Cern's new antiproton decelerator will allow Michael Charlton to try to explain the abundance of matter over antimatter
For a laboratory famed for its accelerators and large machines, one of which is km in circumference, the latest addition to Cern, the European particle physics laboratory's great instrumentation portfolio might seem modest.
The device formally inaugurated at the European Laboratory for Particle Physics near Geneva on August 10 is small by Cern standards - although at 188m around even this is relative - and what is more, it is a decelerator not an accelerator.
The job of the antiproton decelerator is to capture and slow the antiparticles of protons. Inside the machine, the antiprotons reach a speed of about 10 per cent of that of light - positively relaxed by Cern's usual standards. Every minute or so, a short burst of antiprotons is ejected from the machine in readiness for experimentation.
The new facility will allow researchers to compare, in great detail, the properties of protons and antiprotons. One feature of both these particles is that, given the correct partner, they form stable atomic systems. For the proton we add the familiar electron and obtain hydrogen. The antiproton requires the anti-partner of the electron, the positron, to form antihydrogen.
So far we have had only fleeting man-made glimpses of this object, the simplest atomic antimatter, which was moving too fast to be of any real use to physics investigations. We aim to make precision hydrogen-antihydrogen comparisons by performing laser spectroscopic studies of the energy levels of ultra-slow atoms. To achieve this, techniques have been devised to control positrons and antiprotons and to cool them until they reach a temperature near the boiling point of liquid helium. This somewhat fragile liquid boils in a kettle kept at a temperature of 4 degrees Kelvin (in other words, cooled to 269C). At this temperature, the antiproton speed, 900mph, is bordering on the lethargic and not much greater than the speed of sound in air.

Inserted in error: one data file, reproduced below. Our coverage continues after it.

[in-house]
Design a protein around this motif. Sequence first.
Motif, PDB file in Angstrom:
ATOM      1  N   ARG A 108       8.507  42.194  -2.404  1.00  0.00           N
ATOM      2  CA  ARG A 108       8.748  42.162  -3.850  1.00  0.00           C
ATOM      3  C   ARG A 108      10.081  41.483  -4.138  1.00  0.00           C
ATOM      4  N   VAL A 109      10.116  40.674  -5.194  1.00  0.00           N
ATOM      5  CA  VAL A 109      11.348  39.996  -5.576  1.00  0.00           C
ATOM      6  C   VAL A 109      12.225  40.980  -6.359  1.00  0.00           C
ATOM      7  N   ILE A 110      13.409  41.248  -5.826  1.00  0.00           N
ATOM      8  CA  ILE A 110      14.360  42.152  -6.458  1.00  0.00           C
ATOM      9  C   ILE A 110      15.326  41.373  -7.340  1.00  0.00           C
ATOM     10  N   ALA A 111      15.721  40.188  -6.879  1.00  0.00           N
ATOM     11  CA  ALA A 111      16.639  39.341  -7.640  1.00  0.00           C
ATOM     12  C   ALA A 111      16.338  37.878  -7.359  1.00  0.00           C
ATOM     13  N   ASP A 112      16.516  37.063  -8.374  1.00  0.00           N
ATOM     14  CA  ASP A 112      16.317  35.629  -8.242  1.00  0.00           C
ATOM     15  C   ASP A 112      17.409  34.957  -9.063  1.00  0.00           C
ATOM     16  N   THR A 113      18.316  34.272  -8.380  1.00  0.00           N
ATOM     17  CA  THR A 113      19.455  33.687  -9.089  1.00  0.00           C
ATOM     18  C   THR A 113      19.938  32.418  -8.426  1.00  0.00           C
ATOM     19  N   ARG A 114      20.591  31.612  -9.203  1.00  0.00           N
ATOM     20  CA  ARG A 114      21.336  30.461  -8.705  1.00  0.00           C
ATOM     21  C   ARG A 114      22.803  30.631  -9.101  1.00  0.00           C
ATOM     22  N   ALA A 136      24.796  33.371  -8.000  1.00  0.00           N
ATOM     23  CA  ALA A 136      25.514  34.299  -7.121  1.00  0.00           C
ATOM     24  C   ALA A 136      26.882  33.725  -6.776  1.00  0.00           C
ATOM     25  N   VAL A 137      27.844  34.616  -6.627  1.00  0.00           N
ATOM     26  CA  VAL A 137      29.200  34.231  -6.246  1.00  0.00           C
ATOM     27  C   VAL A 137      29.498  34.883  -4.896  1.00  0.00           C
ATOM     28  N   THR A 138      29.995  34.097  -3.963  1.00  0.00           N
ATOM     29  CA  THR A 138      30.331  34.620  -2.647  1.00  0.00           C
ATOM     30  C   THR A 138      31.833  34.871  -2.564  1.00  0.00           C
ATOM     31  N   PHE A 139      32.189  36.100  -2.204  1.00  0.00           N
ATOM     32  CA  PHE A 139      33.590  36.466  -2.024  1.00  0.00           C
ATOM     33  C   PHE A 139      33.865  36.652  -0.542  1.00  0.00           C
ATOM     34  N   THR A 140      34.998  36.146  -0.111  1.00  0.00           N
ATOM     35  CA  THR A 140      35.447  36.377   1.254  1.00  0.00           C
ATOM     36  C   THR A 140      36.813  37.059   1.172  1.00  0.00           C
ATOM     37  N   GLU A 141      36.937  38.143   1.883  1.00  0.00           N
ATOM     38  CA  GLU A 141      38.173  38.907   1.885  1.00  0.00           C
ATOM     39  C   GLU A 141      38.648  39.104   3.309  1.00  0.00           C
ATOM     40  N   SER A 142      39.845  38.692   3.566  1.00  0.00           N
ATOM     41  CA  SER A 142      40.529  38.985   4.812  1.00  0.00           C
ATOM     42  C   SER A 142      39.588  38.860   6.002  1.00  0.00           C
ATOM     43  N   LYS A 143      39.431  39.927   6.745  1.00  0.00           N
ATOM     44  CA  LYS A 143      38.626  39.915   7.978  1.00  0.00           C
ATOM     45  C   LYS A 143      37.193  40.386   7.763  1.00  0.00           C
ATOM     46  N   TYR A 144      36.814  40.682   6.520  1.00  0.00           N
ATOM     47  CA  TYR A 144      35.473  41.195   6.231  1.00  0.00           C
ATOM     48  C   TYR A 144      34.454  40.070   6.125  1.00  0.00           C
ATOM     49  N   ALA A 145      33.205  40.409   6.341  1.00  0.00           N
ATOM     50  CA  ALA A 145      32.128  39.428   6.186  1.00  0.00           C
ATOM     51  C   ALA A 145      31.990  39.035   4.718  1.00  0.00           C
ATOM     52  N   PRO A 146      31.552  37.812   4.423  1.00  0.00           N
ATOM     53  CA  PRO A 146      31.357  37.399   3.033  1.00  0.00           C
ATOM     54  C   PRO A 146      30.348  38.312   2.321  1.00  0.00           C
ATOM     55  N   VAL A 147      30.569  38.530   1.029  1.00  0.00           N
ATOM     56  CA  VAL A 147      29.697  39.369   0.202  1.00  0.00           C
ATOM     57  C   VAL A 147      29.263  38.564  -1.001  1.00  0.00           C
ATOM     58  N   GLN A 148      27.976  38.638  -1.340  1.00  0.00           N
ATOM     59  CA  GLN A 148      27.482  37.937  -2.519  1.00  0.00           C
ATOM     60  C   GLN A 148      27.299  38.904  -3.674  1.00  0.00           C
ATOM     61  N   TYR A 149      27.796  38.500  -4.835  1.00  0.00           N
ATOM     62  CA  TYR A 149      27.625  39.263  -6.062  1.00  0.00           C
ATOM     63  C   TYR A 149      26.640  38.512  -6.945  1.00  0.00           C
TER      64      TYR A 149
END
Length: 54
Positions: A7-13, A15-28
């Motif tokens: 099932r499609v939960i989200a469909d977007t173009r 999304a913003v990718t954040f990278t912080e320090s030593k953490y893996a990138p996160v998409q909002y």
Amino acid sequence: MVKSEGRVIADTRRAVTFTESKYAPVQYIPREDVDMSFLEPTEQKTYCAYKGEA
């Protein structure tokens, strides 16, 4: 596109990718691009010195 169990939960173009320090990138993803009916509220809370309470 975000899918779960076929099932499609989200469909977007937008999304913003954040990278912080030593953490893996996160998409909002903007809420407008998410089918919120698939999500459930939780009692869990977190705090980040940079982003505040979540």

I lead a team of physicists from the University of Wales Swansea that has developed the positron component of an antihydrogen apparatus being built by the Athena collaboration. Our apparatus, now working at Cern, will be joined to Athena's antiproton reservoir.
What is the point of this, you might ask? The answer lies in symmetry - or rather a lack of it. In science, and particularly, physics, we tend to think of symmetry in terms of "mirrors". One of these is the familiar household mirror that interchanges left and right, so-called parity reversal. Another is time reversal, the peculiar notion that the laws of physics apply equally well if the direction of the arrow of time is reversed. A third implies that the universe is unchanged if the sign of the electric charge carried by particles is reversed. What this amounts to is changing a particle into an antiparticle; for instance an electron into a positron or a proton into an antiproton.
In the first half of the 20th century, physics translated our fascination for symmetry into the belief that its laws worked just as well if any one of these mirrors - let us call them C (charge), P (parity) and T (time) - were used individually. It then proceeded slowly to demolish this edifice. C and P fell together in the 1950s, and the peculiar dual mirror, CP, cracked in 1964. T's fall, though much later, was widely expected. We now know that a combination of any two of these mirrors is flawed. This leaves intact one mirror - the combination of all three. We call it CPT.
To some, this might sound like a public-relations nightmare for physics. How could we get it so wrong? In fact, though these mirrors are faulty, the chinks are tiny and apply only to certain particle interactions and reactions. As usual though, the exceptions prove the rule - or point the way towards new ones. For this reason we must test the CPT mirror (and we can do this with our proposed hydrogen-antihydrogen comparisons) because even the smallest blemish will shed light on some of the remaining mysteries of the universe.
The reason for the importance of this is provided by cosmology. As presently understood, the very flaws in these mirrors are responsible for the abundance of matter over antimatter in the universe. The Big Bang is reckoned to have produced exactly equal amounts of matter and antimatter, which should have long since completely cancelled to zero. But they have not, and we want to know why. After all, we are a curious people bound to search for and explore the flaws in nature's symmetry. For therein lie hidden her subtle beauties.
Michael Charlton is head of the experimental physics group at the University of Wales Swansea and the top UK physicist involved in Cern's antiproton decelerator.